This is Part 3 of our series on firearms, it will touch on some of the legal, moral, and ethical aspects of gun ownership, as well as “use of force” models for law enforcement, security, and your average Canadian. Though, legal aspects aside, the moralities could apply in many places.
The first question I feel we need to ask ourselves is, should the government and its agencies have the only right to use of force in the defence of personal or public safety, and if so, why?
Let’s look at law enforcement’s model for the use of deadly force in Canada as an example. As the use of a firearm is considered “deadly force” under law, any action taken by police involving a firearm must be considered as such. Take this section from the criminal code which discusses “Protection of Persons Administering and Enforcing the Law”
- Section 25 – “When not protected: “(3) Subject to subsections (4) and (5), a person is not justified for the purposes of subsection (1) in using force that is intended or is likely to cause death or grievous bodily harm unless the person believes on reasonable grounds that it is necessary for the self-preservation of the person or the preservation of anyone under that person’s protection from death or grievous bodily harm.”
- Section 26 – “Excessive force: “(26) Everyone who is authorized by law to use force is criminally responsible for any excess thereof according to the nature and quality of the act that constitutes the excess.”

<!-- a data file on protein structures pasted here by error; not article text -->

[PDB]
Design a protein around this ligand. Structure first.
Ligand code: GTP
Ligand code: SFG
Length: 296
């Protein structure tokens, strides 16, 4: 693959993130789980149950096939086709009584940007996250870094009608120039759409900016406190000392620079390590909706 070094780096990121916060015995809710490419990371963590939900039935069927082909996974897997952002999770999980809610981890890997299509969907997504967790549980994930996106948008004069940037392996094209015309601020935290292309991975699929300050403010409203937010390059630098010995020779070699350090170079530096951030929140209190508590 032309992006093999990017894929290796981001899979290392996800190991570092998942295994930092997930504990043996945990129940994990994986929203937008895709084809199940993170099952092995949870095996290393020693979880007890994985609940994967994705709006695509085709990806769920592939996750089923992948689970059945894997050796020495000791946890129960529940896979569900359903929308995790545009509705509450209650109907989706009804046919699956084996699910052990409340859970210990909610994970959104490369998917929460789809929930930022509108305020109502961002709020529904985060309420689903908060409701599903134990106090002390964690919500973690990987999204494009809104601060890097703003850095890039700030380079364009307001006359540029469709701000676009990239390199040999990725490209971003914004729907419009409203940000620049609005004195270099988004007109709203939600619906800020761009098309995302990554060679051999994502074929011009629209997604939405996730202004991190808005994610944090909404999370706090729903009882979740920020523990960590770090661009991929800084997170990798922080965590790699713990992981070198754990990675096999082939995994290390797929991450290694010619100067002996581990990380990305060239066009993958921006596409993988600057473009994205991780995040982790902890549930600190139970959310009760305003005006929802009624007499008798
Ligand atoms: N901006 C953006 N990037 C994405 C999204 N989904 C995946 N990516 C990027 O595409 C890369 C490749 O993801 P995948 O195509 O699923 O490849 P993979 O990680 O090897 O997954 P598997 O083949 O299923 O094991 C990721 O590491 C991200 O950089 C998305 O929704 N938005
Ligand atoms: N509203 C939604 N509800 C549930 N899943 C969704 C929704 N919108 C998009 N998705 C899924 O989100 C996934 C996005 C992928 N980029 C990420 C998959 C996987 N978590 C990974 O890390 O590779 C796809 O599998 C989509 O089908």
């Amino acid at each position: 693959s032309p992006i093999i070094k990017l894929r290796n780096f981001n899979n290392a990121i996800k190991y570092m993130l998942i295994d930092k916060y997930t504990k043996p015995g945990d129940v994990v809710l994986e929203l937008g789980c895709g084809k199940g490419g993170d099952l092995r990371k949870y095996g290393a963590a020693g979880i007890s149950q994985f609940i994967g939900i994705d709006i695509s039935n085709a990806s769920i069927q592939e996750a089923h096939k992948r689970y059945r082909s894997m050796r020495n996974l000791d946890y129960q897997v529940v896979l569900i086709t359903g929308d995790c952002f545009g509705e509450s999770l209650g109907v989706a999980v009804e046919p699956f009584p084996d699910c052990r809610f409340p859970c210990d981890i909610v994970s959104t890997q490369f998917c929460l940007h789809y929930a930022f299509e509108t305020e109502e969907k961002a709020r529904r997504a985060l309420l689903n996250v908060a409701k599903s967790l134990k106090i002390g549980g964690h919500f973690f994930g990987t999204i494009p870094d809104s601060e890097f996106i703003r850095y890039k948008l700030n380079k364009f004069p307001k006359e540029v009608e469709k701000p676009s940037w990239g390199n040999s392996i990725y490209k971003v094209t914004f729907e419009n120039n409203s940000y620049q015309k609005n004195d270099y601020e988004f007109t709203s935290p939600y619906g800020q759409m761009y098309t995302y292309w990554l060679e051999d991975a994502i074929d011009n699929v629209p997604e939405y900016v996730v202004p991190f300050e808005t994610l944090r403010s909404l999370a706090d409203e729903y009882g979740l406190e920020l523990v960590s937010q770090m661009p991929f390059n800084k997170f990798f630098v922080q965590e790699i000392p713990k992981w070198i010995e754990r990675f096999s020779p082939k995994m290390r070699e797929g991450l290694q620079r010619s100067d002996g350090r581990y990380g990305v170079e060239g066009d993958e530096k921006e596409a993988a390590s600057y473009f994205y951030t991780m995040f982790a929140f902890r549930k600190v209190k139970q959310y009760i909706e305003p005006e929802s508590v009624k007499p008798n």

What does that mean exactly? It means that under law, technically only police are authorized to use a firearm for self-defence. It also means that if a police officer believes that there is a significant threat to their life, or that of another officer or member(s) of the public, they are justified in using deadly force, or discharging their firearm in order to deal with that threat. Ultimately, however, it’s not that simple, as there are many factors for law enforcement to consider in taking this type of action.
Referencing the criminal code again we can see that Section 25(4) specifies that a police officer, “and every person lawfully assisting” him or her, is “justified in using force that is intended or is likely to cause death or grievous bodily harm to a person to be arrested,” if:
- a) The peace officer is proceeding lawfully to arrest, with or without warrant, the person to be arrested;
- b) The offence for which the person is to be arrested is one for which that person may be arrested without warrant;
- c) The person to be arrested takes flight to avoid arrest;
- d) The peace officer or other person using the force believes on reasonable grounds that the force is necessary for the purpose of protecting the peace officer, the person lawfully assisting the peace officer or any other person from imminent or future death or grievous bodily harm; and
- e) The flight cannot be prevented by reasonable means in a less violent manner
As we can see there is a great deal left open to interpretation in the use of deadly force, or further to that the use of a firearm, on the part of a Canadian police officer.